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Get IT Done: Installing and configuring a DNS server in Windows 2000

How to configure a DNS server in Windows 2000


As many of you are probably aware, DNS is now the name resolution system of choice in Windows 2000. However, most Windows NT administrators are used to relying on WINS for name resolution on local area networks and some have little or no experience with DNS. If you fall into this category, read on. We’ll explain how to install, configure, and troubleshoot a Windows 2000 DNS server.

Installing DNS
You can install a DNS server from the Control Panel or when promoting a member server to a domain controller (DC). During the promotion, if a DNS server is not found, you will have the option of installing it.

To install a DNS server from the Control Panel, follow these steps:
  1. From the Start menu, select Settings | Control Panel | Add/Remove Programs.
  2. Click the Add/Remove Windows Components button to open the Windows Components Wizard window (Figure A).
  3. Select Networking Services and click the Details button.
  4. Click the Domain Name System (DNS) check box (Figure B).
  5. Click OK and then click Next. The DNS component you selected will be installed.

Figure A
The Add/Remove Windows Components Wizard


Figure B
The Networking Services option with DNS selected


Configuring DNS
After installing DNS, you can find the DNS console from Start | Programs | Administrative Tools | DNS. Windows 2000 provides a wizard to help configure your DNS.

When configuring your DNS server, you must be familiar with the following concepts:
  • Forward lookup zone
  • Reverse lookup zone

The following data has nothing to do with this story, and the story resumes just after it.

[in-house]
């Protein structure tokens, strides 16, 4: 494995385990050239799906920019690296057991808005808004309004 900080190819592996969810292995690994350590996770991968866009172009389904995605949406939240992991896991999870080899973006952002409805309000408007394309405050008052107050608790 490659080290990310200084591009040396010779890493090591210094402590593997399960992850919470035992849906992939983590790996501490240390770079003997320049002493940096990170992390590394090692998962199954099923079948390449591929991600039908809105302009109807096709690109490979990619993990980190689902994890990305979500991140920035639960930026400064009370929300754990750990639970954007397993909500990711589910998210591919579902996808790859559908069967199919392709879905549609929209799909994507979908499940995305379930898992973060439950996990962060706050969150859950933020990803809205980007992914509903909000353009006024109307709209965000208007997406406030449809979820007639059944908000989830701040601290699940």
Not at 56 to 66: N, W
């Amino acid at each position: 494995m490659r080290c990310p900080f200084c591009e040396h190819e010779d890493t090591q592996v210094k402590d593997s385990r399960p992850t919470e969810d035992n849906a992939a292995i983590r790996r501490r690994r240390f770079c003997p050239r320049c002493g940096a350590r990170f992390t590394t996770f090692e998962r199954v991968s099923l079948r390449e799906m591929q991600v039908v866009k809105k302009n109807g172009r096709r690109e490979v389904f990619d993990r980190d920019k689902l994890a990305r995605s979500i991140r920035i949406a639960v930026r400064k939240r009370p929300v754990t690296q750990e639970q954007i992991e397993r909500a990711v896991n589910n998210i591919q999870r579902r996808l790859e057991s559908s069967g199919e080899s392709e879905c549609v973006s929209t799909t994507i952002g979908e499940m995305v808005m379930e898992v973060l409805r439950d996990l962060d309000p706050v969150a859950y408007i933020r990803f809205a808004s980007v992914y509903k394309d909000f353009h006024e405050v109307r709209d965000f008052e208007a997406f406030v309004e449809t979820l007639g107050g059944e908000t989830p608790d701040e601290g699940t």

• Zone types

A forward lookup zone is simply a way to resolve host names to IP addresses. A reverse lookup zone allows a DNS server to discover the DNS name of the host. Basically, it is the exact opposite of a forward lookup zone. A reverse lookup zone is not required, but it is easy to configure and will allow for your Windows 2000 Server to have full DNS functionality.

When selecting a DNS zone type, you have the following options: Active Directory (AD) Integrated, Standard Primary, and Standard Secondary. AD Integrated stores the database information in AD and allows for secure updates to the database file. This option will appear only if AD is configured. If it is configured and you select this option, AD will store and replicate your zone files.

A Standard Primary zone stores the database in a text file. This text file can be shared with other DNS servers that store their information in a text file. Finally, a Standard Secondary zone simply creates a copy of the existing database from another DNS server. This is primarily used for load balancing.

To open the DNS server configuration tool:
  1. Select DNS from the Administrative Tools folder to open the DNS console.
  2. Highlight your computer name and choose Action | Configure The Server to launch the Configure DNS Server Wizard.
  3. Click Next and choose the appropriate Root Server (Figure C).
  4. Click Next and then click Yes to create a forward lookup zone.
  5. Select the appropriate radio button to install the desired Zone Type (Figure D).